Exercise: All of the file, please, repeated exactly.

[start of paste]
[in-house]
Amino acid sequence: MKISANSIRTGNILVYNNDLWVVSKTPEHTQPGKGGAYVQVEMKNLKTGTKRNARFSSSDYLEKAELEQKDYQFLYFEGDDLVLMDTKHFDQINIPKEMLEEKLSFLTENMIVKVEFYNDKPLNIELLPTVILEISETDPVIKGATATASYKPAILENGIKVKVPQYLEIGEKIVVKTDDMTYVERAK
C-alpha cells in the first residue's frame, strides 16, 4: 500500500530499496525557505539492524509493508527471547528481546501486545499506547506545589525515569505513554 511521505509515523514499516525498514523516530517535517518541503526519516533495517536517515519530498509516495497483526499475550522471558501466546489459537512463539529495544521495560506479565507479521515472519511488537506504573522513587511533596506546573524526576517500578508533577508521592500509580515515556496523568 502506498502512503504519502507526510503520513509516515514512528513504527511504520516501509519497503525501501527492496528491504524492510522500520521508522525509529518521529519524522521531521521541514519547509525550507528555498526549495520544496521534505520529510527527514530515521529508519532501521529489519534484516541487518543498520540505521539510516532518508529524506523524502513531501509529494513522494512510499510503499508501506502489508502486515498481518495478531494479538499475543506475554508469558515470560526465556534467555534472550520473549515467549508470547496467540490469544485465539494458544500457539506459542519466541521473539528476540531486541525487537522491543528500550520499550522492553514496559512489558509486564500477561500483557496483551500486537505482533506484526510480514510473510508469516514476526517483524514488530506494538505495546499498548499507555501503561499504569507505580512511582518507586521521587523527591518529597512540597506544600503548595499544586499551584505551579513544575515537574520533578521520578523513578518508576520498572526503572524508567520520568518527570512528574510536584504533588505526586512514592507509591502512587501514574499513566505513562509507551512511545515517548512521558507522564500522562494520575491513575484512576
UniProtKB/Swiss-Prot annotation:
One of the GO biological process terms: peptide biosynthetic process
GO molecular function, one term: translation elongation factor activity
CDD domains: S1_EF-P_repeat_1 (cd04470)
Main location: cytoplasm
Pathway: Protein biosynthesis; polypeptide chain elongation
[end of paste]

[in-house]
Amino acid sequence: MKISANSIRTGNILVYNNDLWVVSKTPEHTQPGKGGAYVQVEMKNLKTGTKRNARFSSSDYLEKAELEQKDYQFLYFEGDDLVLMDTKHFDQINIPKEMLEEKLSFLTENMIVKVEFYNDKPLNIELLPTVILEISETDPVIKGATATASYKPAILENGIKVKVPQYLEIGEKIVVKTDDMTYVERAK
C-alpha cells in the first residue's frame, strides 16, 4: 500500500530499496525557505539492524509493508527471547528481546501486545499506547506545589525515569505513554 511521505509515523514499516525498514523516530517535517518541503526519516533495517536517515519530498509516495497483526499475550522471558501466546489459537512463539529495544521495560506479565507479521515472519511488537506504573522513587511533596506546573524526576517500578508533577508521592500509580515515556496523568 502506498502512503504519502507526510503520513509516515514512528513504527511504520516501509519497503525501501527492496528491504524492510522500520521508522525509529518521529519524522521531521521541514519547509525550507528555498526549495520544496521534505520529510527527514530515521529508519532501521529489519534484516541487518543498520540505521539510516532518508529524506523524502513531501509529494513522494512510499510503499508501506502489508502486515498481518495478531494479538499475543506475554508469558515470560526465556534467555534472550520473549515467549508470547496467540490469544485465539494458544500457539506459542519466541521473539528476540531486541525487537522491543528500550520499550522492553514496559512489558509486564500477561500483557496483551500486537505482533506484526510480514510473510508469516514476526517483524514488530506494538505495546499498548499507555501503561499504569507505580512511582518507586521521587523527591518529597512540597506544600503548595499544586499551584505551579513544575515537574520533578521520578523513578518508576520498572526503572524508567520520568518527570512528574510536584504533588505526586512514592507509591502512587501514574499513566505513562509507551512511545515517548512521558507522564500522562494520575491513575484512576
UniProtKB/Swiss-Prot annotation:
One of the GO biological process terms: peptide biosynthetic process
GO molecular function, one term: translation elongation factor activity
CDD domains: S1_EF-P_repeat_1 (cd04470)
Main location: cytoplasm
Pathway: Protein biosynthesis; polypeptide chain elongation